If you buy a smartphone from a mobile operator you can expect it to work properly. But what if you buy one second hand or SIM-free? Things get a little trickier so here we explain the UK mobile operator frequency bands and how to tell whether a phone is supported by your network. See: 19 best new phones you should be most excited about in 2016: best new phones coming from Apple, Samsung, Sony, HTC, LG, Xiaomi and others.

EE, O2, Vodafone and Three all have 4G networks available in the UK but it's not as simple as buying a '4G ready' smartphone, plonking your SIM card in and enjoying blazing fast speeds. Different networks use different frequency bands so compatibility is an issue.

These days any smartphone you buy will work on a 3G network, no matter which operator you go with. In this article, we're focussing on 4G LTE because it's this area which is complicated. Read through this article to find out everything you need to know about 4G bands, networks and smartphone compatibility.

Update 19 September 2016: A useful website willmyphonework.net has recently been brought to our attention, and can quickly show you whether a phone will work on your operator's network and which network bands it will cover. Just head to the site, use the drop-downs to select your phone (be sure to get the exact model number), your country and your network, and it will then show you how it will manage 2G, 3G and 4G connections. 

UK 4G LTE bands, frequencies and numbers

In the UK there are three different 4G LTE frequencies in use: 800 MHz, 1800 MHz (1.8 GHz) and 2600 MHz (2.6 GHz). Two of these – 800 MHz and 2.6 GHz - were auctioned in 2013 by Ofcom to various parties. Then the regulator allowed EE to use 1800 MHz for LTE which it already had access to and subsequently shared with Three.

If LTE bands are given in numbers you're looking for 3, 7 and 20 – 1800 MHz, 2600 MHz and 800 MHz respectively. See: UK's best mobile network.

As a rule of thumb the lower frequencies are better at travelling long distances so are more suitable for rural areas where there are fewer masts. They also travel through walls better so provide decent indoor coverage. The higher frequencies effectively are the opposite, but they're not useless. The higher capacity (35 MHz or even 45 MHz) means more capacity and can therefor cope with more users in populated areas all connecting at once.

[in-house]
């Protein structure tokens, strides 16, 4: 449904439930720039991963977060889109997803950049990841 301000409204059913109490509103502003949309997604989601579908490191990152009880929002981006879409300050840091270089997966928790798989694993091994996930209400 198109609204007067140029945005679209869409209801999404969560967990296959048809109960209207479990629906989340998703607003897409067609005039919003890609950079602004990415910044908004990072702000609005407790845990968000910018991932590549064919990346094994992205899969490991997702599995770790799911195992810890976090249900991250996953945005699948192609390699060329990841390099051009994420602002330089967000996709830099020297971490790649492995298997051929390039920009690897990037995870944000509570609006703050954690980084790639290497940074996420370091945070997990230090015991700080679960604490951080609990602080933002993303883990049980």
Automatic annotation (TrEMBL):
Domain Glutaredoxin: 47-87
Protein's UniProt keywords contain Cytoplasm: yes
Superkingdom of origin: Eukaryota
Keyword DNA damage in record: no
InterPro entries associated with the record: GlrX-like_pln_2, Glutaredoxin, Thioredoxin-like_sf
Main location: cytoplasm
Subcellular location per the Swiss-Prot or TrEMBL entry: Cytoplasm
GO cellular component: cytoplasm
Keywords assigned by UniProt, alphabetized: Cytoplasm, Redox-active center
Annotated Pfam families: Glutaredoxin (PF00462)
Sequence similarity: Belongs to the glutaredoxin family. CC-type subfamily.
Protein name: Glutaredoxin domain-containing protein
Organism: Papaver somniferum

Below is a table of which UK mobile network uses which 4G LTE frequencies and in what bands. Afterwards we'll explain what it all means.


800 MHz

1800 MHz

2600 MHz


2 x 5 MHz

2 x 45 MHz

2 x 35 MHz


2 x 5 MHz

2 x 15 MHz



2 x 10 MHz




2 x 10 MHz


2 x 20 MHz and 1 x 25 MHz (unpaired)

4G LTE smartphone

How to tell whether a phone is supported by your network: EE

As the table suggests, EE is in a great position for 4G since it offers all three frequencies and with decent capacity. This means most 4G smartphones will support at least one of the three.

Virgin Mobile runs its virtual network on EE but its 4G services are limited to business customers.

How to tell whether a phone is supported by your network: Three

Like Vodafone, Three is able to offer two different frequencies thanks to the aforementioned deal with EE. You'll need a phone with either 800- or 1800 MHz LTE support to use Threes 4G network.

How to tell whether a phone is supported by your network: O2

As you can see from the table, O2 has the least amount of frequencies on offer with just 800 MHz – this is what caused controversy when the iPhone 5 launched as it didn't come with support for this frequency. You'll need to buy a phone which supports 800 MHz otherwise it won't work with O2's 4G network.

Virtual networks Tesco Mobile and GiffGaff both use O2's 4G network so also use the 800 MHz spectrum.

How to tell whether a phone is supported by your network: Vodafone

Vofafone matches Three with two frequencies available but 800- and 2600 MHz. To use Vodafone's 4G LTE network your phone will need to support at least one of the two.

TalkTalk currently uses Vodafone's network but doesn't offer 4G tariffs. It will be moving to O2, though.

How to tell whether a phone is supported by your network: Specifications

We've explained all the frequencies for each network, but how do you tell if your smartphone supports the right ones for the network you want to use? There are a few different things you can do.

The first and easiest is to use a checker tool but only Three appears to have one. Simply head to the page and select your particular device to see if it's supported.

If you're not looking at Three then you need to check the specifications of the device you own or are looking to buy. Either go to the manufacturer's page (example below) and search for the technical details or use a site like GSMArena.

As mentioned earlier, if bands are quoted in numbers like Google does with the Nexus 6 below, the bands you are looking for in the UK are 3, 7 and 20.

Nexus 6 specs 4G LTE

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